Although Oliver says the elimination of scrap generation rather than reprocessing it is the ultimate goal, David Finnemore, director of European sales and service, Battenfeld Gloucester Engineering (BGE; Gloucester, MA) says in the low-end manual stretch-wrap business a high percentage of scrap is typically inserted into the core layers of multi-layer structures to cut costs. Nicola Lombardini, R&D director at equipment maker Gruppo Colines (Nibba, Italy) says for processors of cast polypropylene (CPP) and polyethylene stretch film a maximum of 40% of the total gross throughput can be reprocessed edge trim, but no more due to the inconsistency of the MFI that fillers cause.

“Customers typically add an anti-oxidant masterbatch to the recyclate layer in order to reduce gels and die lip build-up,” says BGE’s Finnemore. “High levels of pre-processed materials typically give melting issues in the screws, causing machine direction pumping that results in pressure instabilities in the die and has an effect on final film thickness.”

Fillers cause problems

Because of increased fillers, additives, and scrap levels resulting in viscosity level differences from virgin, Stephan van Dun, general manager of flat die producer Verbruggen (Temse, Belgium) says surface treatment of flow pipes and the die is becoming more critical. Although filler tends not to be abrasive, it can have high adhesion and stick to surfaces causing die buildup or melt imperfections.

Van Dun says new coatings developments such as physical vapor deposition (PVD) of chrome-nitrate to improve tool steel hardness are coming to the forefront because they allow better layer tolerance control. “These coatings are much thinner (5-7 µm) than conventional chrome plating (generally 30 µm). You have to remember that the coating will not generally be a uniform 30 µm over the entire surface so you lose layer exactness and get a wave effect,” he says. “With thinner coatings, one has a better chance of layer control.”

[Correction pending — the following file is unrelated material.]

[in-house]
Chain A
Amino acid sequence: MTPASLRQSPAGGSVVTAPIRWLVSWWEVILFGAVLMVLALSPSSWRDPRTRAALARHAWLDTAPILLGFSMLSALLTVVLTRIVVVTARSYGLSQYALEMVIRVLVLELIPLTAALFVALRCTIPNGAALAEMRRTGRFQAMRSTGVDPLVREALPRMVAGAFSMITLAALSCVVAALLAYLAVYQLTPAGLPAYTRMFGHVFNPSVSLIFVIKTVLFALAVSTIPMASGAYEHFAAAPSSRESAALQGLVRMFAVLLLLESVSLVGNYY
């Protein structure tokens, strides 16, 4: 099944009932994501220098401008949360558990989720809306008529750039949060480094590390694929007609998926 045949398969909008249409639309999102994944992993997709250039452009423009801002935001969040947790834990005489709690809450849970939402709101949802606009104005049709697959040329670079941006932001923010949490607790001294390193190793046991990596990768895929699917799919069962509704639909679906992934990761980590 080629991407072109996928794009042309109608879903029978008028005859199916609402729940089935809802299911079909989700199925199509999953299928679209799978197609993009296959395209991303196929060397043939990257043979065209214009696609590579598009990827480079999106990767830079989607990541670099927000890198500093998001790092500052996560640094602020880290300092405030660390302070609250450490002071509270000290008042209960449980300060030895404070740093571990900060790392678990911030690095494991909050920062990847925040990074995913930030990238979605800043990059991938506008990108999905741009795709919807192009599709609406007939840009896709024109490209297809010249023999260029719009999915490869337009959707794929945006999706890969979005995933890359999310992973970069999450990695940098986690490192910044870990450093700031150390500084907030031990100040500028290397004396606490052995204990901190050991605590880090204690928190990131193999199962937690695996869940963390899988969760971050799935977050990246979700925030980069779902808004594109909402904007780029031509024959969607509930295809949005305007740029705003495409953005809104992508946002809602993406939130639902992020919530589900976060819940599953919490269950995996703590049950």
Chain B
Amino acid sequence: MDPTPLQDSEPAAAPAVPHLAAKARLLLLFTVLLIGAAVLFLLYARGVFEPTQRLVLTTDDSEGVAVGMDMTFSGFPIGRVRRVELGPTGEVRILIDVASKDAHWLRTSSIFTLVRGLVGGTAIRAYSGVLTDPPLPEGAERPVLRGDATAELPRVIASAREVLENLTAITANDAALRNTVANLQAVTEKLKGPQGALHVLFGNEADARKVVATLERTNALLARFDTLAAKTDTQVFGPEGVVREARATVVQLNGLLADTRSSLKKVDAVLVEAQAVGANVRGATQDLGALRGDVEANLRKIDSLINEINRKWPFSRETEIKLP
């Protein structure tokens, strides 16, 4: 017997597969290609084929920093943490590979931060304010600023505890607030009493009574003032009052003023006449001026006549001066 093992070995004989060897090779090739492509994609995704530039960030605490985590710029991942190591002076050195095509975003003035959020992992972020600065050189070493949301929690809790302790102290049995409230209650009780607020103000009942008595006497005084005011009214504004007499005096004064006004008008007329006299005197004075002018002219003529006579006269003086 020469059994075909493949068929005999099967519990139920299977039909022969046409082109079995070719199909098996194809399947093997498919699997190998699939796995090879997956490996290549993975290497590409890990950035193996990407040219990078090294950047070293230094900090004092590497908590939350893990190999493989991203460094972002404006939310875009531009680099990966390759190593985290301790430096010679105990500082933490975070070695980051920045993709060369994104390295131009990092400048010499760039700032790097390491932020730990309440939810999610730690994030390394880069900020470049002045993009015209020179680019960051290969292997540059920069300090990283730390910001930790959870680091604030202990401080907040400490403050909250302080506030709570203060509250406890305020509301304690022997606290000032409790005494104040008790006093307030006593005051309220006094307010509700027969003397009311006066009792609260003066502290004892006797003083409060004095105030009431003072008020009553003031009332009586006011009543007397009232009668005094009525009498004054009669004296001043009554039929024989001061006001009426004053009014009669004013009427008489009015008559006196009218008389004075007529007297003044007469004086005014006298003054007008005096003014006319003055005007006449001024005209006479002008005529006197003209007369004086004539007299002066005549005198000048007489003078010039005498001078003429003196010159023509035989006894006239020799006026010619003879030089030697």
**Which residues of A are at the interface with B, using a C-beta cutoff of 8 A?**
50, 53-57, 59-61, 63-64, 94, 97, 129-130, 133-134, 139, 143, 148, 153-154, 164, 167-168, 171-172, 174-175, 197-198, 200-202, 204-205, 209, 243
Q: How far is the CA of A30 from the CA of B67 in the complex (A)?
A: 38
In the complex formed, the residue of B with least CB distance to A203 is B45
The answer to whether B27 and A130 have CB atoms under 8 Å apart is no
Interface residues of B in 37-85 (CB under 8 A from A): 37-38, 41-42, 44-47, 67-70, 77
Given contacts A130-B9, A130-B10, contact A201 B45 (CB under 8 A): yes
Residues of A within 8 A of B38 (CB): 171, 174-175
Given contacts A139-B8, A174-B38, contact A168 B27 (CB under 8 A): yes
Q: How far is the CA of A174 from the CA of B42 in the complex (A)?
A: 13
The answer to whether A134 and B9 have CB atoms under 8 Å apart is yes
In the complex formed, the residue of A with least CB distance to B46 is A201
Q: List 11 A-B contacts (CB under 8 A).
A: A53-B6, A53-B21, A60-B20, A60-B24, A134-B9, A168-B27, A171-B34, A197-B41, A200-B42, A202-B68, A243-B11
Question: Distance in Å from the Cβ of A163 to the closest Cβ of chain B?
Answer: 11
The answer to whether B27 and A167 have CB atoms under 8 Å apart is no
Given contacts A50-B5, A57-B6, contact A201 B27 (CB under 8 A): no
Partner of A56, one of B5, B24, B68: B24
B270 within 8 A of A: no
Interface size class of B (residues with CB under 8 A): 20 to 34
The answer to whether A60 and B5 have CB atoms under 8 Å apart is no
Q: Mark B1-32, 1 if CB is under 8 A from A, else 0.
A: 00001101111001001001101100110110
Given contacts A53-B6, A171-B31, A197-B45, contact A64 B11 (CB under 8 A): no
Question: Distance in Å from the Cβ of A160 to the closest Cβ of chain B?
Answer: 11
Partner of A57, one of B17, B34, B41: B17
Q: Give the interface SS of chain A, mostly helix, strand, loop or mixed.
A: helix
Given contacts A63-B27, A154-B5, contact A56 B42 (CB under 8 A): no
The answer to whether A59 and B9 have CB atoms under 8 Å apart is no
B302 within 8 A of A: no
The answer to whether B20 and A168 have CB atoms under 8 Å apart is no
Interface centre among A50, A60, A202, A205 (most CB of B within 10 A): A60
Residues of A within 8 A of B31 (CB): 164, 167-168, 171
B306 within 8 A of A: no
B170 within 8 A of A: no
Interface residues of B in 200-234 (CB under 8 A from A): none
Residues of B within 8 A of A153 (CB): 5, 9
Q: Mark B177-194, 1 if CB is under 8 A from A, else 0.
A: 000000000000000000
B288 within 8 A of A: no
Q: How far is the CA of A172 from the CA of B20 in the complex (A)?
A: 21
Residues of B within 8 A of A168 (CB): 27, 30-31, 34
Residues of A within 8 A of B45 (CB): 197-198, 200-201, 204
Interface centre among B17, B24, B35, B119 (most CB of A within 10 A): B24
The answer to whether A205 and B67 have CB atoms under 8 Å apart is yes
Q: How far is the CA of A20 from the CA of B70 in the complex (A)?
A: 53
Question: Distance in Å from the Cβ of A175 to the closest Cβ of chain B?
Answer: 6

Heinz Groß, owner of Dr.-Ing. H. Gross Kunststoff-Verfahrenstechnik (Rossdorf, Germany) sees diamond-like carbon (DLC) coatings for flow channel surfaces as having great potential.

Higher output, thinner coextruded films (12-15 µm), faster extrusion, and wider lines are continuing demands seen on the cast film market today. Verbruggen’s Van Dun says CPP processors are moving from 3m wide to 4.2m lines and he expects this to increase in the future. Thomas Langer, managing director at Brückner Formtec (Siegsdoef, Germany) says wider CPP lines mean reduced edge trim problems.

Langer also believes film widths will level off between 3.5-6m for CPP since the key components such as winders, rolls, and dies beyond 6m are exorbitantly expensive. He says the trend in cast PET film extrusion is not in terms of width but in film thickness (getting thinner) and inline lamination.

Disagreement among producers

Deckling and encapsulation remain topics of concern although Mauro Andreoli, sales/marketing at machinery maker Macchi (Venegono Inferiore, Italy) says “both ... are not to be considered universal solutions to common problems. A skin-deep evaluation may prompt the proverbial Eureka! but one must always consider the polymer behavior, relevant chemistry in order to ensure a stable extrudate curtain with no neck-in weaving, and without melt splitting at the interface of the encapsulation layer.”

Verbruggen doesn’t sell dies without deckling or at least the provision to add deckling later. Van Dun says customers generally opt for internal deckling even with nonadjustable fixed inserts since they are cheaper and afford easier maintenance and cleaning. Colines’ Lombardini says external deckling among his barrier film customers is no longer requested. Cloeren produces most of its dies with some form of internal deckling which allows the die slot opening to be refined to the absolute minimum to make a product that saves edge trim and therefore money.